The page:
Knee pain ; Most surgeries don’t work says the NY Times but there are things you can do that can help.

Knee pain ; Most surgeries don’t work says the NY Times but there are things you can do that can help.

Knee pain has been a great business model for the medical profession.  Most of us know someone who had arthroscopic surgery, or had injections that seemed to relieve the problem, yet eventually, their knees wore out anyway.

Knee replacement surgery is a big business as well for the medical profession, and like arthroscopic surgery, many of us also know someone who had this done as well.

Recent studies suggest that most knee procedures long term are ineffective, and many people who have had knee surgery will have another either in the same knee or a different knee.

On the other hand, studies also conclude that physical therapy is likely to be as or more effective, at a lower cost and at a lower level of risk, yet therapy is a broad term that is essentially meaningless in the wrong hands.

Perhaps, the myopic way most healthcare professionals evaluate your knees is the problem. Current studies suggests health care professionals need to do things differently to get a better result.

After years of poor function and improper management, our knee joints may be already  irreparably damaged and require a replacement now that the joint is bone on bone.

The NY Times recently wrote an article concerning knee problems and how their reporter, like many others had meniscus surgeries, injections such as Synvisc and assumed that her years of playing tennis is why her knees went bad.  You can read her article here. If tennis was the reason for knee pain, wouldn’t all tennis players have bad knees?

Her recommendations  included the following well worn advice such as:

  1. 1. If you are overweight, lose weight. The more you weigh, the more pressure on your knees with every step and the more they are likely to hurt when walking or climbing stairs.

2. Pay attention to the activities that aggravate knee pain and try to avoid those that are not essential, like squatting or sitting too long in one place.

3. If the pain is bad enough, take an over-the-counter pain reliever like acetaminophen (Tylenol and others) or an NSAID (nonsteroidal anti-inflammatory drug) like ibuprofen or naproxen.

4. Probably most helpful of all, undergo one or more cycles of physical therapy administered by a licensed therapist, perhaps one who specializes in knee pain. Be sure to do the recommended exercises at home and continue to do them indefinitely lest their benefits dissipate.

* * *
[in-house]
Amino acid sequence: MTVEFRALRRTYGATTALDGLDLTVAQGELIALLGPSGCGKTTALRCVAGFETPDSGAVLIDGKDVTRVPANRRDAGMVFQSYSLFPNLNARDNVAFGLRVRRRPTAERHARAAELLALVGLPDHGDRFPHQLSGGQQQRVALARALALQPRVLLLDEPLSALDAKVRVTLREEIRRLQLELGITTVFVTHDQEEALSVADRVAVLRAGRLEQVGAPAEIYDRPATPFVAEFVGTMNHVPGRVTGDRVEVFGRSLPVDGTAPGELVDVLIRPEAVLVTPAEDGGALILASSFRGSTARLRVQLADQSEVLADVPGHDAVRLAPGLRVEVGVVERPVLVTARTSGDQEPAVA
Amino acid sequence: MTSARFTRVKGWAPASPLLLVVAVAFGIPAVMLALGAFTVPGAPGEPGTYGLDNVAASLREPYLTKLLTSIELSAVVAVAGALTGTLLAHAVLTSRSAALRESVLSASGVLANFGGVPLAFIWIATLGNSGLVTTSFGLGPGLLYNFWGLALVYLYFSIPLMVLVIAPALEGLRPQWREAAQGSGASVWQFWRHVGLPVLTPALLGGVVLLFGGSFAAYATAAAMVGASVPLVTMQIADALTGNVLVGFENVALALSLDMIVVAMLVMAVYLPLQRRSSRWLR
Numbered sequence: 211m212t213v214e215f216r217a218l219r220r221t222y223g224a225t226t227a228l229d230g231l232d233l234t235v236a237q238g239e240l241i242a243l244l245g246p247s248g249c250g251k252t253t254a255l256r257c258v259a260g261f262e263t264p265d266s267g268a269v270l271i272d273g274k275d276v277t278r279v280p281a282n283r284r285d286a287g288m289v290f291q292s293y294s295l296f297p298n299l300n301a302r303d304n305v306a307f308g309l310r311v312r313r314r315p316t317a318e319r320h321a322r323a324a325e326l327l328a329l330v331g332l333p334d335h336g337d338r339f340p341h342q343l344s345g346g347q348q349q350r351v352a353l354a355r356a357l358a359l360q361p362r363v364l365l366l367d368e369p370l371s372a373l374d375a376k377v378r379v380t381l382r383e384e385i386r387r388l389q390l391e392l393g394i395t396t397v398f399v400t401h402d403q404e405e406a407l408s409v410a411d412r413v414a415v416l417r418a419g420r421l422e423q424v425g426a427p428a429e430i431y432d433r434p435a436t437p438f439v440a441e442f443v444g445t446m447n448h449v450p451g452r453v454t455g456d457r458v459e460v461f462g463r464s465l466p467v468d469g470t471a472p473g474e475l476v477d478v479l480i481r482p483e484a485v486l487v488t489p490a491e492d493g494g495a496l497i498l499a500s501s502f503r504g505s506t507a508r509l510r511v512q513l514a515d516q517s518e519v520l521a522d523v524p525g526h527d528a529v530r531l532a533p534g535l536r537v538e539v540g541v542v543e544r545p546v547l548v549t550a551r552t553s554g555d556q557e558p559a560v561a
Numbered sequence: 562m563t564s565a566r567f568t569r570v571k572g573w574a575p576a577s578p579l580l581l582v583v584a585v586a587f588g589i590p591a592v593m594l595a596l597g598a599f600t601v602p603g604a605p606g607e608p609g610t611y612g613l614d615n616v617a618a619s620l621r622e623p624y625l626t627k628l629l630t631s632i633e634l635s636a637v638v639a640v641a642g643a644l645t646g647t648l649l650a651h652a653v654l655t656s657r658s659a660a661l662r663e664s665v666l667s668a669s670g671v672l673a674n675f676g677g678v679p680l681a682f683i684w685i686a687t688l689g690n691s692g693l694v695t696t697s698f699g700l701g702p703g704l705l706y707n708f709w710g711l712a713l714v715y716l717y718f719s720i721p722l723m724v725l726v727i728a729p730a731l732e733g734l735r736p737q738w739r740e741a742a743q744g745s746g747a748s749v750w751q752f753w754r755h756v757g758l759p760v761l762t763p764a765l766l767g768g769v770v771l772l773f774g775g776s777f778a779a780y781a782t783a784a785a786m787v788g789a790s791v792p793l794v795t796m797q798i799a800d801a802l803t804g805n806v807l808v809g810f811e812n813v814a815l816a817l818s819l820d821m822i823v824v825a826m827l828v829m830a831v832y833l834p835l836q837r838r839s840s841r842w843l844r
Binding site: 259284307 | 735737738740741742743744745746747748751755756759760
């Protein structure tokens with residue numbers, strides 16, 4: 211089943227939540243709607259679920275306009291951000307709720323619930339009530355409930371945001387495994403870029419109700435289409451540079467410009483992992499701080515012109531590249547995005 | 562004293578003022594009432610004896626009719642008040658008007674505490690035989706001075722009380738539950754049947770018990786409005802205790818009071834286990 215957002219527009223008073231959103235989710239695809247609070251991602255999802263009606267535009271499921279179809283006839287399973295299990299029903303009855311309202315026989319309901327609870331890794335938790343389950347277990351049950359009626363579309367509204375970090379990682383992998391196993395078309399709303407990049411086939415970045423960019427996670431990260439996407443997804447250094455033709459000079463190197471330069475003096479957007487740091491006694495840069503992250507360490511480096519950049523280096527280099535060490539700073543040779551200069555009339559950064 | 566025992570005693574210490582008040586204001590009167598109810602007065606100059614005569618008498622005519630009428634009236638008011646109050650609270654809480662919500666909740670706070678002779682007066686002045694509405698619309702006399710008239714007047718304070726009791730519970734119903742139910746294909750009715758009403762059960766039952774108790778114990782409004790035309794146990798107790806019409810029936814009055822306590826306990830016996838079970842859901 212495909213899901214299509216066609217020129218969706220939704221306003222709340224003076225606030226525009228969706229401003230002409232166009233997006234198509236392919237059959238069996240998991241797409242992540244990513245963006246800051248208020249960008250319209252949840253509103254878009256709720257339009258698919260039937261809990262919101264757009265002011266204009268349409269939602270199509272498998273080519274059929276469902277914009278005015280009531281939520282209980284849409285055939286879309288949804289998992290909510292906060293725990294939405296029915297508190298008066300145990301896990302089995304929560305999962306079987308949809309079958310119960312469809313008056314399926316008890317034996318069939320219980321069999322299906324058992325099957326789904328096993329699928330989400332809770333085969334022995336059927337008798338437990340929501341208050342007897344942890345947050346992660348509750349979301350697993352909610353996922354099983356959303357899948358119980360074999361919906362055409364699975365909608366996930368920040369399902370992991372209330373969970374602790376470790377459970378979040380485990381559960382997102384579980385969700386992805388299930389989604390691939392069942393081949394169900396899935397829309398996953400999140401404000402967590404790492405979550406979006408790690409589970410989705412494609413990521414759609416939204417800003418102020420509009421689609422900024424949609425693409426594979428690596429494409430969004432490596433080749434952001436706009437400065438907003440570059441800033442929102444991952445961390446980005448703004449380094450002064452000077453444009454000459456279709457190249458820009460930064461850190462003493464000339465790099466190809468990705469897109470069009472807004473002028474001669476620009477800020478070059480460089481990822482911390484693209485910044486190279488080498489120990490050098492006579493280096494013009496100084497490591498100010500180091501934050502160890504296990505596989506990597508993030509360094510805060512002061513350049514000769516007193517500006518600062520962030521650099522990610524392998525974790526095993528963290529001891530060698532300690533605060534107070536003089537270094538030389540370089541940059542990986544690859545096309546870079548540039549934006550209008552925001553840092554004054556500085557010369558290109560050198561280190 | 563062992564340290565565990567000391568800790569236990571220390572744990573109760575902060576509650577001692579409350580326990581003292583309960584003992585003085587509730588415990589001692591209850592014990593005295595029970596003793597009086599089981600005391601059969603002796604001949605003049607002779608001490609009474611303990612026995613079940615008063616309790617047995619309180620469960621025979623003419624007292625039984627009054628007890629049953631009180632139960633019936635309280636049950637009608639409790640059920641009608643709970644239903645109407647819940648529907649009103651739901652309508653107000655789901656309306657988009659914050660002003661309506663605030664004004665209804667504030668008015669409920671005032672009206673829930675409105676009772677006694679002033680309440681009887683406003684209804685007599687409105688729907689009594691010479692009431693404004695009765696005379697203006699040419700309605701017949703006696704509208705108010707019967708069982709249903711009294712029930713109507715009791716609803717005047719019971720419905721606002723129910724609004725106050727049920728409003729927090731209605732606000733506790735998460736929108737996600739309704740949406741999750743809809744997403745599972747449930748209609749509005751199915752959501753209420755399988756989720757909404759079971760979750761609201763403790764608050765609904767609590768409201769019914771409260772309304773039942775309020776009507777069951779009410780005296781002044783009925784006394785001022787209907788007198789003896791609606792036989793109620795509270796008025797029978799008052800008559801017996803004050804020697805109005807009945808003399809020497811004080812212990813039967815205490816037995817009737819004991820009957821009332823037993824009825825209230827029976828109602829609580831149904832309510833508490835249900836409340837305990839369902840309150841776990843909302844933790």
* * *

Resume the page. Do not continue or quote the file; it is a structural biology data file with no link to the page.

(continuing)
5. Consider consulting an occupational therapist who can teach you how to modify your activities to minimize knee discomfort.

While her advice sounds logical based on the current evidence,  knee pain is often a symptom of a gait related problem, and the knee is just a conduit.   Perhaps, this is why core training helps improve knee pain, often better than many of these procedures do.   Medically speaking, doctors are taught to treat or manage the symptom of knee pain, rather than evaluate the mechanism that causes knee pain and treat the cause instead. If you follow her advice, you are likely to have a similar unacceptable outcome based on conventional thinking.

A stable core can improve knee function because it reduces the loads on the legs.   In most of us, knee problems begin from the ground up.  Growing evidence showing that training the core can help.  You can read more here and here.

To adequately diagnose a knee problem, your doctor must consider your core, your knees, your feet and your hips.   To be even more thorough, they must also look at your upper body since it can affect the way you walk in ways that seem unimaginable. This is why you want your healthcare practitioner to be holistic (looking at you) rather than reductionistic (looking at the symptomatic area).

When the knees are already bad, you have waited way too long to see the right person for the right advice.   Most sports chiropractors will take a comprehensive holistic approach to evaluation and often, a treadmill evaluation and video can be a great diagnostic tool.

Since most people who have chronic knee pain have inherited mechanical traits that have resulted in the problem later on in life, you can be a great help to your children by addressing these issues while they are young.   Most shin problems and running injuries are not as innocent as they look and the right advice can make all the difference at those young ages.

Sports chiropractors are uniquely trained to help you change the rules of the game to alter the eventual outcome of bad knees.   The typical approach of seeing a number of specialists has been shown largely to be an expensive  failure in helping people avoid bad knees.   Preventing degeneration by improving function is a much better approach to having replacement knees that take months of rehab and are likely never to work as well as the original ones did.

See your sports chiropractor first to get the best evaluation and treatment for your knees.  Seeing the right person first  is simpler, more cost effective and is a better overall approach to knee pain relief. Looking at you and understanding first why you hurt rather than where is the best approach to a diagnosis that can lead to more effective care and prevention of chronic knee pain.